Horses are a beautiful addition to any pasture, dry lot or front yard. But beyond their ornamental attributes, most of us like horses for their athletic ability—to pack us down the trail, sail over a five foot oxer, or master the elusive one tempe of upper level dressage. Pain can stop even the most stoic among us, and lameness in horses remains one of our most daunting medical challenges. Since our patients can’t talk to us, we need a systematic approach to determining the source of the pain, the cause (if we can find it) and a treatment suitable for the malady.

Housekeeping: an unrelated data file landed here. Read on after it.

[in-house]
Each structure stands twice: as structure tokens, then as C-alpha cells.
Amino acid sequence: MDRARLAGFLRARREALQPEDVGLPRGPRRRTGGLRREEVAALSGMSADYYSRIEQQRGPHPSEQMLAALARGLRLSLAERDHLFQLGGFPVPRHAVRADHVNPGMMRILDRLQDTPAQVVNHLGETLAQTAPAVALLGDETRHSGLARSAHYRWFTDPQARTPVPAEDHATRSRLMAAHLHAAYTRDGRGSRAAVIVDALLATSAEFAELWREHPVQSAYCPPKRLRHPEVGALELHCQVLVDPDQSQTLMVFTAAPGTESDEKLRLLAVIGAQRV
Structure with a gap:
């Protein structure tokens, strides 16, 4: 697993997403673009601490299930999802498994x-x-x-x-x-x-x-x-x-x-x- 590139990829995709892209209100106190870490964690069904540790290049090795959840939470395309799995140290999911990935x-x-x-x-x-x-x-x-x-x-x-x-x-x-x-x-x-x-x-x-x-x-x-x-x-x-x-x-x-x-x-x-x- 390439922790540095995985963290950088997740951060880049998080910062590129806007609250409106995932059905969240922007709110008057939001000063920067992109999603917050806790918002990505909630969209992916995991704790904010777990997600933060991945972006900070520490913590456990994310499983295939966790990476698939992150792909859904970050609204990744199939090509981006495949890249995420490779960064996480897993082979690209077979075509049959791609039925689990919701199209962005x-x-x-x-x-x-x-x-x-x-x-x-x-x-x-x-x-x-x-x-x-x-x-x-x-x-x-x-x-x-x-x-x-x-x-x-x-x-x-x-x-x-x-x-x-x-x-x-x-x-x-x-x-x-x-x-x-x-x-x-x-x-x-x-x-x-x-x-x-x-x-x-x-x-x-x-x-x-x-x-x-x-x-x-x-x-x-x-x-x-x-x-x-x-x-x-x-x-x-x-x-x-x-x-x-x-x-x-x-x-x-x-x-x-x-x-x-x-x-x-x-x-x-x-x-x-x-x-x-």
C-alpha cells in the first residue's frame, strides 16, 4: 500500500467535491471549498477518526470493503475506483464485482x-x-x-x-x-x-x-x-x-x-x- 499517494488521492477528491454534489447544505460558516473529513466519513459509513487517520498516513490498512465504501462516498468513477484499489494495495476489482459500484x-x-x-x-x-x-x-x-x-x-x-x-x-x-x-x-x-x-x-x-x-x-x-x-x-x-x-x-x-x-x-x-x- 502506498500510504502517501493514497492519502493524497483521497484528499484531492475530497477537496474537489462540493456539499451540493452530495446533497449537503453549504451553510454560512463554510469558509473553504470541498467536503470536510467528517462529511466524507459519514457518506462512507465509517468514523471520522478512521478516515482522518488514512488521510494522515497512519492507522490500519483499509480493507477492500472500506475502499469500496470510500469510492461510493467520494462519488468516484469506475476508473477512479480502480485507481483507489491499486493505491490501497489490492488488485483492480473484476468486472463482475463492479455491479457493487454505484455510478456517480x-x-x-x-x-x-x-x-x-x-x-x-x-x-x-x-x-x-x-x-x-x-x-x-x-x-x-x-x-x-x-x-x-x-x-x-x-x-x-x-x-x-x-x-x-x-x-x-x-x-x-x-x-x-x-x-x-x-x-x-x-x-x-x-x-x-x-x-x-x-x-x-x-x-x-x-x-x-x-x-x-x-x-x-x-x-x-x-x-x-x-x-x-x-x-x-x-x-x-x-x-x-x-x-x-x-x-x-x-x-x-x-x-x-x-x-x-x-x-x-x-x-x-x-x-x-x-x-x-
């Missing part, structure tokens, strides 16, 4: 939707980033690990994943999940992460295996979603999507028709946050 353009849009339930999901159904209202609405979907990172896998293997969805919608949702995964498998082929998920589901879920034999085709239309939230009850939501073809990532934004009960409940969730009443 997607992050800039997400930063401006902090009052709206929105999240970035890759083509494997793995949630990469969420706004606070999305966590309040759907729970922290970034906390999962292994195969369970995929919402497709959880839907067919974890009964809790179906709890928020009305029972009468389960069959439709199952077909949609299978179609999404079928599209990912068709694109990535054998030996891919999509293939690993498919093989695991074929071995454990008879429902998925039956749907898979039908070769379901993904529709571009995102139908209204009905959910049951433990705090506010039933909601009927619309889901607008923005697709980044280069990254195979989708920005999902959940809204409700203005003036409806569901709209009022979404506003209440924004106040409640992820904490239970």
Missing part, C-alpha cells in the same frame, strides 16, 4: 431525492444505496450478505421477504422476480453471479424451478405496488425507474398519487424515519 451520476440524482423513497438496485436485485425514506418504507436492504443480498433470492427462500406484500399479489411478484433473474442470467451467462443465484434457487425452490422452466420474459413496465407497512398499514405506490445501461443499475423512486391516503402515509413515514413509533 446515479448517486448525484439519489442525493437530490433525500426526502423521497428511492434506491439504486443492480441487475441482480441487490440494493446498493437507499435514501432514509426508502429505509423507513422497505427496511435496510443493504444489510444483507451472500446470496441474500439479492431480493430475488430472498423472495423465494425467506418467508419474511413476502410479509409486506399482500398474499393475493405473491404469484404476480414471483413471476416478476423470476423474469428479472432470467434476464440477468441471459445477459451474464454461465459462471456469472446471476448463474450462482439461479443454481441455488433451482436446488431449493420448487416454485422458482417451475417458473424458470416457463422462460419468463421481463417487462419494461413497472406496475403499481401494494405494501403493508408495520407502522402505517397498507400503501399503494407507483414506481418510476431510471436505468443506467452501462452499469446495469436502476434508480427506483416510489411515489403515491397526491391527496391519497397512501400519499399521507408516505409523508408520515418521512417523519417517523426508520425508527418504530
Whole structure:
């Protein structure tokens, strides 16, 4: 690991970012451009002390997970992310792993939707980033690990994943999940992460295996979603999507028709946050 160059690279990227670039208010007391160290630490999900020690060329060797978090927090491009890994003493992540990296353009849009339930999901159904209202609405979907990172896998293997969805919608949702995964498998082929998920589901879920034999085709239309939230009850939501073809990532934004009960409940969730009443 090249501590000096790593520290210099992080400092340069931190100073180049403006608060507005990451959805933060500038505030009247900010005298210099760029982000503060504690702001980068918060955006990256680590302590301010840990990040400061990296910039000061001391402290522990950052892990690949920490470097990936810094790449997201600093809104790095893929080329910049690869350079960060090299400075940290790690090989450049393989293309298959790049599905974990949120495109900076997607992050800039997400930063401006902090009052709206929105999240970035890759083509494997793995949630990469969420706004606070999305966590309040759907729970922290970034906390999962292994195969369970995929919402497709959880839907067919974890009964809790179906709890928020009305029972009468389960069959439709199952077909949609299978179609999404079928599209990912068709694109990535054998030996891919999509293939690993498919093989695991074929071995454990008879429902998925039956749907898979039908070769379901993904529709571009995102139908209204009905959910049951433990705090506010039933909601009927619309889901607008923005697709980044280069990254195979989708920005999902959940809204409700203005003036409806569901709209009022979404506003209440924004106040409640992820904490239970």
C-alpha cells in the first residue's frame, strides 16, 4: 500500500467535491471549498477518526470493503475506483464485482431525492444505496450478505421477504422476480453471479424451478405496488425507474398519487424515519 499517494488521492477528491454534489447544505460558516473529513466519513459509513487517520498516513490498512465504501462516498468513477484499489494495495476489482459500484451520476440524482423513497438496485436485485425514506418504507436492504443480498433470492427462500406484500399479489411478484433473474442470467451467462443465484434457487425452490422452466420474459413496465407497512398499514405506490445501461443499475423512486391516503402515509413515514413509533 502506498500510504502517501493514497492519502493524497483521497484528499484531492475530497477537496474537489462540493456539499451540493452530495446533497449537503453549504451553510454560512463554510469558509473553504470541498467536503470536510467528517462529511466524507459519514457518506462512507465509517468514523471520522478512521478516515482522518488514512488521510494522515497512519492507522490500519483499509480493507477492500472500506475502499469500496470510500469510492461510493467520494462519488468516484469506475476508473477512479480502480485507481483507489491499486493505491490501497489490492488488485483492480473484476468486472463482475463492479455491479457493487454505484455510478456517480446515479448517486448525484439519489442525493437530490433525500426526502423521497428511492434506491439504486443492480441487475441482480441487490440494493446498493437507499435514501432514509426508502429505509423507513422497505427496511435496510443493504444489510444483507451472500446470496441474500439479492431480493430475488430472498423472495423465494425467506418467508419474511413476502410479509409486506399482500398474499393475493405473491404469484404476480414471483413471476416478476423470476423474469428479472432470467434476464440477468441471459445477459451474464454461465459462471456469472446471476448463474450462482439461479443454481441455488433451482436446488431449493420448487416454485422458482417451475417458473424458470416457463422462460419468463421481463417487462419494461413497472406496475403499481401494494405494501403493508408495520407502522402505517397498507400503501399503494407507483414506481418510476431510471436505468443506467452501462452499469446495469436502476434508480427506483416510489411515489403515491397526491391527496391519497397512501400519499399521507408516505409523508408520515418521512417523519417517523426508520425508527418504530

Over the recent thirty years, I have learned numerous methods for diagnosing and treating lameness in horses. As a member of the American Association of Equine Practitioners (AAEP) and the Farriers of Idaho Guild (FIG), I have attended lectures, short-courses and workshops dedicated to the study of problems afflicting equine athletes. A proper diagnosis is key, and a good physical exam, diagnostic nerve blocks and flexion tests are just part of my analytic arsenal. Digital ultrasound and new, computerized x-ray technology has been real asset to finding the cause of lameness in many horses. The fact that this technology is portable means we can do this in your barn…today! As in most things, early detection is critical, so if you have any questions, even if you just think your horse may have a problem, give me a call at 208 365-4085.